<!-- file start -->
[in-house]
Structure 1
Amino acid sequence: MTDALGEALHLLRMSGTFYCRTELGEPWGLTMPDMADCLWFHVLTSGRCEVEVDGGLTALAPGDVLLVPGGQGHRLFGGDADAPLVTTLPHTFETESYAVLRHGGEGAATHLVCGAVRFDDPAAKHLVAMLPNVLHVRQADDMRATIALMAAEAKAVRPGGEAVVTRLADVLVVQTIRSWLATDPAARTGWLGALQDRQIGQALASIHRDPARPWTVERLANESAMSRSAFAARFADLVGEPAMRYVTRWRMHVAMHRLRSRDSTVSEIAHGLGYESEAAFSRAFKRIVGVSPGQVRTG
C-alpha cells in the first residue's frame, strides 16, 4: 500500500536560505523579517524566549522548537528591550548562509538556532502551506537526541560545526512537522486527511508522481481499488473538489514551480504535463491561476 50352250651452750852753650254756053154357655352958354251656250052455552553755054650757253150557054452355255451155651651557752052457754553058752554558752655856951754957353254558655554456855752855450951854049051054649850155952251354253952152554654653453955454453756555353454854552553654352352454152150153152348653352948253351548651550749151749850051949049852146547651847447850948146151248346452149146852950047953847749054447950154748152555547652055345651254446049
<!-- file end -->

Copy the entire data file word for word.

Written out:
[in-house]
Structure 1
Amino acid sequence: MTDALGEALHLLRMSGTFYCRTELGEPWGLTMPDMADCLWFHVLTSGRCEVEVDGGLTALAPGDVLLVPGGQGHRLFGGDADAPLVTTLPHTFETESYAVLRHGGEGAATHLVCGAVRFDDPAAKHLVAMLPNVLHVRQADDMRATIALMAAEAKAVRPGGEAVVTRLADVLVVQTIRSWLATDPAARTGWLGALQDRQIGQALASIHRDPARPWTVERLANESAMSRSAFAARFADLVGEPAMRYVTRWRMHVAMHRLRSRDSTVSEIAHGLGYESEAAFSRAFKRIVGVSPGQVRTG
C-alpha cells in the first residue's frame, strides 16, 4: 500500500536560505523579517524566549522548537528591550548562509538556532502551506537526541560545526512537522486527511508522481481499488473538489514551480504535463491561476 50352250651452750852753650254756053154357655352958354251656250052455552553755054650757253150557054452355255451155651651557752052457754553058752554558752655856951754957353254558655554456855752855450951854049051054649850155952251354253952152554654653453955454453756555353454854552553654352352454152150153152348653352948253351548651550749151749850051949049852146547651847447850948146151248346452149146852950047953847749054447950154748152555547652055345651254446049